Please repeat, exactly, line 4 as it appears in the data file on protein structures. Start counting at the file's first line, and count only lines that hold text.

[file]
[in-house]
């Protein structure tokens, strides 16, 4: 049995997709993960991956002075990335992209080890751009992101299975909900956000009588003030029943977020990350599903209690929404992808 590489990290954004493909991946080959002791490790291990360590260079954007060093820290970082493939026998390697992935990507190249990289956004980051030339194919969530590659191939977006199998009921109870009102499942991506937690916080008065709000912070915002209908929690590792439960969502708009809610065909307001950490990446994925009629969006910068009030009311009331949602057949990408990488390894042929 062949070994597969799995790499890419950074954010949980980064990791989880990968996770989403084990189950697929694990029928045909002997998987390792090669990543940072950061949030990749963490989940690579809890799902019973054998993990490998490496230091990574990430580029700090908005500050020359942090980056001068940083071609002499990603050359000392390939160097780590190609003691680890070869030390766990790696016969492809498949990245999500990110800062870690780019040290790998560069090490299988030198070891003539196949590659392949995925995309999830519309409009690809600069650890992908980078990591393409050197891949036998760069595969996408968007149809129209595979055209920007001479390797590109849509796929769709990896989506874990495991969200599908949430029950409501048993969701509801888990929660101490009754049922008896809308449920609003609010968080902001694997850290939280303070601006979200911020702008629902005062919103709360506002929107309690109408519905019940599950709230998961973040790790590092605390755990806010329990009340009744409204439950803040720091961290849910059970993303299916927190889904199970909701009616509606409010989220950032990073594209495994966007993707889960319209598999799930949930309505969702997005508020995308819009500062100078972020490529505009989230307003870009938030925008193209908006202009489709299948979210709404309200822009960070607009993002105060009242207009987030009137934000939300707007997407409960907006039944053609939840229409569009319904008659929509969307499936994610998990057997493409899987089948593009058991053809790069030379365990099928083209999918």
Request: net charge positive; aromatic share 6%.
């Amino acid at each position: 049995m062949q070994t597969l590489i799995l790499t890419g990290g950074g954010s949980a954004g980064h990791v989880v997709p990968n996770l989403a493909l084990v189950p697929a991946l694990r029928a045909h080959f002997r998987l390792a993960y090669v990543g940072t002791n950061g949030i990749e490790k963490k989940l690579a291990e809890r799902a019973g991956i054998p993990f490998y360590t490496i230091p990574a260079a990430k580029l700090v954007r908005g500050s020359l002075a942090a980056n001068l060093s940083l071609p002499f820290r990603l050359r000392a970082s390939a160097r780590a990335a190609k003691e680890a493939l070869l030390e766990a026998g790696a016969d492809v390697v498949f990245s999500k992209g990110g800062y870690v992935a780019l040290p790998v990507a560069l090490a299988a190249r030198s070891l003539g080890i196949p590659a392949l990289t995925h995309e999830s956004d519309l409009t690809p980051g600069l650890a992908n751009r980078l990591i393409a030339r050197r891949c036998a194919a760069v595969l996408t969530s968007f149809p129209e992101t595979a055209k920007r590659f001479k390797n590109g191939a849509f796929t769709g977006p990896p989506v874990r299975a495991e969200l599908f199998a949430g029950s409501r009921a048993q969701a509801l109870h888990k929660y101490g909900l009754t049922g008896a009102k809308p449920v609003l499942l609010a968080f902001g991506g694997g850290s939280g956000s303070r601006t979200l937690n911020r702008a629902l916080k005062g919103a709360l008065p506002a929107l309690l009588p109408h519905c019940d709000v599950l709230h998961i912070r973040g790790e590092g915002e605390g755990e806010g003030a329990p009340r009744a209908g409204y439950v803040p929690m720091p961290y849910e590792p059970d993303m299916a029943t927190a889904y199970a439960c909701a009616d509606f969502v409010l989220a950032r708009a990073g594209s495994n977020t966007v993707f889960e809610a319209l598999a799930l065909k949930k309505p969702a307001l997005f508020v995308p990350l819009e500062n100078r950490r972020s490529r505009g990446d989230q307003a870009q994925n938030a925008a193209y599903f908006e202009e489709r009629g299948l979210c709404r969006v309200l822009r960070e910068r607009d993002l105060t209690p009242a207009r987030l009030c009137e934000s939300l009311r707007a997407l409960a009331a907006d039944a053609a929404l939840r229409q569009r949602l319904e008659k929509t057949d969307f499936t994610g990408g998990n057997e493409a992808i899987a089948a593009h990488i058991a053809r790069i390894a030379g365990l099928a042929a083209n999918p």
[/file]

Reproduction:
């Amino acid at each position: 049995m062949q070994t597969l590489i799995l790499t890419g990290g950074g954010s949980a954004g980064h990791v989880v997709p990968n996770l989403a493909l084990v189950p697929a991946l694990r029928a045909h080959f002997r998987l390792a993960y090669v990543g940072t002791n950061g949030i990749e490790k963490k989940l690579a291990e809890r799902a019973g991956i054998p993990f490998y360590t490496i230091p990574a260079a990430k580029l700090v954007r908005g500050s020359l002075a942090a980056n001068l060093s940083l071609p002499f820290r990603l050359r000392a970082s390939a160097r780590a990335a190609k003691e680890a493939l070869l030390e766990a026998g790696a016969d492809v390697v498949f990245s999500k992209g990110g800062y870690v992935a780019l040290p790998v990507a560069l090490a299988a190249r030198s070891l003539g080890i196949p590659a392949l990289t995925h995309e999830s956004d519309l409009t690809p980051g600069l650890a992908n751009r980078l990591i393409a030339r050197r891949c036998a194919a760069v595969l996408t969530s968007f149809p129209e992101t595979a055209k920007r590659f001479k390797n590109g191939a849509f796929t769709g977006p990896p989506v874990r299975a495991e969200l599908f199998a949430g029950s409501r009921a048993q969701a509801l109870h888990k929660y101490g909900l009754t049922g008896a009102k809308p449920v609003l499942l609010a968080f902001g991506g694997g850290s939280g956000s303070r601006t979200l937690n911020r702008a629902l916080k005062g919103a709360l008065p506002a929107l309690l009588p109408h519905c019940d709000v599950l709230h998961i912070r973040g790790e590092g915002e605390g755990e806010g003030a329990p009340r009744a209908g409204y439950v803040p929690m720091p961290y849910e590792p059970d993303m299916a029943t927190a889904y199970a439960c909701a009616d509606f969502v409010l989220a950032r708009a990073g594209s495994n977020t966007v993707f889960e809610a319209l598999a799930l065909k949930k309505p969702a307001l997005f508020v995308p990350l819009e500062n100078r950490r972020s490529r505009g990446d989230q307003a870009q994925n938030a925008a193209y599903f908006e202009e489709r009629g299948l979210c709404r969006v309200l822009r960070e910068r607009d993002l105060t209690p009242a207009r987030l009030c009137e934000s939300l009311r707007a997407l409960a009331a907006d039944a053609a929404l939840r229409q569009r949602l319904e008659k929509t057949d969307f499936t994610g990408g998990n057997e493409a992808i899987a089948a593009h990488i058991a053809r790069i390894a030379g365990l099928a042929a083209n999918p």